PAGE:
Walter Flato Goodman Center for Comparative Medical Genetics


The CCMG dates from 1974 when an Animal Models Core was funded through the NIH Human Genetics Center grant. In 1985 a grant was awarded by the NIH National Center for Research Resources (NCRR) to establish the National Referral Center for Animal Models of Human Genetic Disease, which is the main mechanism through which new genetic diseases are identified and characterized. The multi-departmental Section of Medical Genetics was the forerunner and model for the center concept developed in the School of Veterinary Medicine in the 1990’s. The program was formally designated as the Center for Comparative Medical Genetics in 1994. Dr. Donald Patterson was the founder and director of this program for 25 years until his retirement in 1998, when Dr. Wolfe was appointed to succeed him. In 2003 Mr. Walter Flato Goodman committed an endowment for future support of the center and it was named in his honor. Mr. Goodman is a long time dog breeder, judge, and member of the American Kennel Club. He is also a member of the Board of Overseers of the School of Veterinary Medicine.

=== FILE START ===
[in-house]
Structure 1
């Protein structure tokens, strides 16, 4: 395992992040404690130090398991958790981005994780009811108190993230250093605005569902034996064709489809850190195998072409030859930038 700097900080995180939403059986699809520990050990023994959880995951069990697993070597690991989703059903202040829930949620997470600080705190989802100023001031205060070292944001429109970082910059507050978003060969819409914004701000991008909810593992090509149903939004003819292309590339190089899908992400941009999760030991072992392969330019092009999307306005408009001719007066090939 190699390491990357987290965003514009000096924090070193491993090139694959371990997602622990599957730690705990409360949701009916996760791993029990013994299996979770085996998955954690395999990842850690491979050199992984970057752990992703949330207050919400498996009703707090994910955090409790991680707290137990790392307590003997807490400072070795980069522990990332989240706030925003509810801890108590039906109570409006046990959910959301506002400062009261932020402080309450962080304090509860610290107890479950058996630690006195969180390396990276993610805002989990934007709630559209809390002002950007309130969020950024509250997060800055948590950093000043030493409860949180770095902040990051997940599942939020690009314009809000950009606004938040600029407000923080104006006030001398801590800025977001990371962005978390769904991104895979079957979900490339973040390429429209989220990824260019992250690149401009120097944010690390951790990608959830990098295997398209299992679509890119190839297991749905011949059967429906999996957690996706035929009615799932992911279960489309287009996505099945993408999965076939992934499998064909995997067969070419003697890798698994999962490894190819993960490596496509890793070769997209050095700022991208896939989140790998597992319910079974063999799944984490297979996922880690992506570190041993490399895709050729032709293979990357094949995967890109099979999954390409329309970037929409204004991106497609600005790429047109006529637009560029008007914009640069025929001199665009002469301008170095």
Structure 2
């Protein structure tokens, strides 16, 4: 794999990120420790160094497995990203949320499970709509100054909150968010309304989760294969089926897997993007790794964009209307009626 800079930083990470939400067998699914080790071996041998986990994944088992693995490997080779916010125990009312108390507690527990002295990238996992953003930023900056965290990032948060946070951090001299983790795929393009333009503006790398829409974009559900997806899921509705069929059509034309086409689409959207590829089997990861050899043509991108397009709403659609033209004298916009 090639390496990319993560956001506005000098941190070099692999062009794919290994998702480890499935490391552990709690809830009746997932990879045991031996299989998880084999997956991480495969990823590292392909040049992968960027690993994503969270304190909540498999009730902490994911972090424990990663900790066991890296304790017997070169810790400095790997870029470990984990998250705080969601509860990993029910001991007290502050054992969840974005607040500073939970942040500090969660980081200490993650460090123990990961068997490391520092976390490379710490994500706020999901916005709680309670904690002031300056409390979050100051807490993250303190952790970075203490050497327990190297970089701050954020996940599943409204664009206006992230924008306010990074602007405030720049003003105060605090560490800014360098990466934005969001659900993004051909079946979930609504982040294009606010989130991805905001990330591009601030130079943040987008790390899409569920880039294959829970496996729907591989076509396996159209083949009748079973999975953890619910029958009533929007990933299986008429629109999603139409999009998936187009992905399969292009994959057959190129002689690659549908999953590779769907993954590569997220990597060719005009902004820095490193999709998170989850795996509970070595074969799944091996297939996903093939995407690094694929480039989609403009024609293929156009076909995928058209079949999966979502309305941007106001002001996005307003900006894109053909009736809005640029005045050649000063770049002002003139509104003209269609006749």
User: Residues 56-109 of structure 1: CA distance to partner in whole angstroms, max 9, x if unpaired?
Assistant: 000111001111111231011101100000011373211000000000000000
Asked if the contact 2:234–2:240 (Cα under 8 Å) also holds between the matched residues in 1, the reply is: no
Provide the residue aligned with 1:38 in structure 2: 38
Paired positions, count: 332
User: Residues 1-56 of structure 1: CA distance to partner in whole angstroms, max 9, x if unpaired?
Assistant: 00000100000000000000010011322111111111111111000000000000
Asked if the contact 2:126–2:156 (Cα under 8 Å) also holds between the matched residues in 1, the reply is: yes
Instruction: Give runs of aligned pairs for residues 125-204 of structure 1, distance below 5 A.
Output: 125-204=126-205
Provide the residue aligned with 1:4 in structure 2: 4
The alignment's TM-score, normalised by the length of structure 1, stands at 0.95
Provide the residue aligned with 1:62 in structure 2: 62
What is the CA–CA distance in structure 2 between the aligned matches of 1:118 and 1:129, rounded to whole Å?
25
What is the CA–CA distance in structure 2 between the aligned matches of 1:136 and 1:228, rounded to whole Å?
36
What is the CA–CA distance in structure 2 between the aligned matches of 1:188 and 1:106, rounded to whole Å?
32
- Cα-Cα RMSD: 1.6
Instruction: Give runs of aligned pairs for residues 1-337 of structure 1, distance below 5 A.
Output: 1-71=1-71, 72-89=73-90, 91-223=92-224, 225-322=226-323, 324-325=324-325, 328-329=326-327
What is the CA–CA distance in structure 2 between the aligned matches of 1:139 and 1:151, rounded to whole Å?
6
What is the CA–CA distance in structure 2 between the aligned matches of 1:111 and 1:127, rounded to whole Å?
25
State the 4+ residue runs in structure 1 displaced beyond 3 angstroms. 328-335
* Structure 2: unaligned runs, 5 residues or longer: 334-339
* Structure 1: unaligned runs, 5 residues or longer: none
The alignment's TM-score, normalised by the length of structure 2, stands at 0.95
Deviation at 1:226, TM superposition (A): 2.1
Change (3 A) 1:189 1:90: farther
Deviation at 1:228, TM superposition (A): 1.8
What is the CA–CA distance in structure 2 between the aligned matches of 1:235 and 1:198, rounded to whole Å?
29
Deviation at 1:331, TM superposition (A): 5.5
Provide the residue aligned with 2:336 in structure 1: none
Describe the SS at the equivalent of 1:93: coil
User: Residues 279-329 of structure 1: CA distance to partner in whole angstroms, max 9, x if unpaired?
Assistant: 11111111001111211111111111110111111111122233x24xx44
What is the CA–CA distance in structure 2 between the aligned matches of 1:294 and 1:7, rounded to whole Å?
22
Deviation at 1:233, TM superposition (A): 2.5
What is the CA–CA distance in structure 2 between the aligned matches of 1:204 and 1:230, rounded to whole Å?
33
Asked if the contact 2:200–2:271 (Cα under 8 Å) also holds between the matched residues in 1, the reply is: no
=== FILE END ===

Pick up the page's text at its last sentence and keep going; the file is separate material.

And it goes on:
Investigators at Penn's Veterinary School have been at the forefront of comparative medical genetics research for over three decades. The contributions fall into two broad categories in terms of application of the knowledge gained: 1) contributions to the diagnosis and control of genetic diseases within animal populations, particularly the dog and cat; and 2) contributions to the understanding and treatment of human disease using the animal homologs as models for research in areas such as gene therapy. This includes the discovery of more than 50 new animal homologs of human genetic diseases in various species. Many of the findings have been published in leading scientific journals. Scientists in the CCMG have been highly successful in attracting grant funding from federal and private sources. Since genetics is basic to all disciplines in the medical specialties and the basic biological sciences, the CCMG investigators interact with faculty and programs throughout the Veterinary School and the University.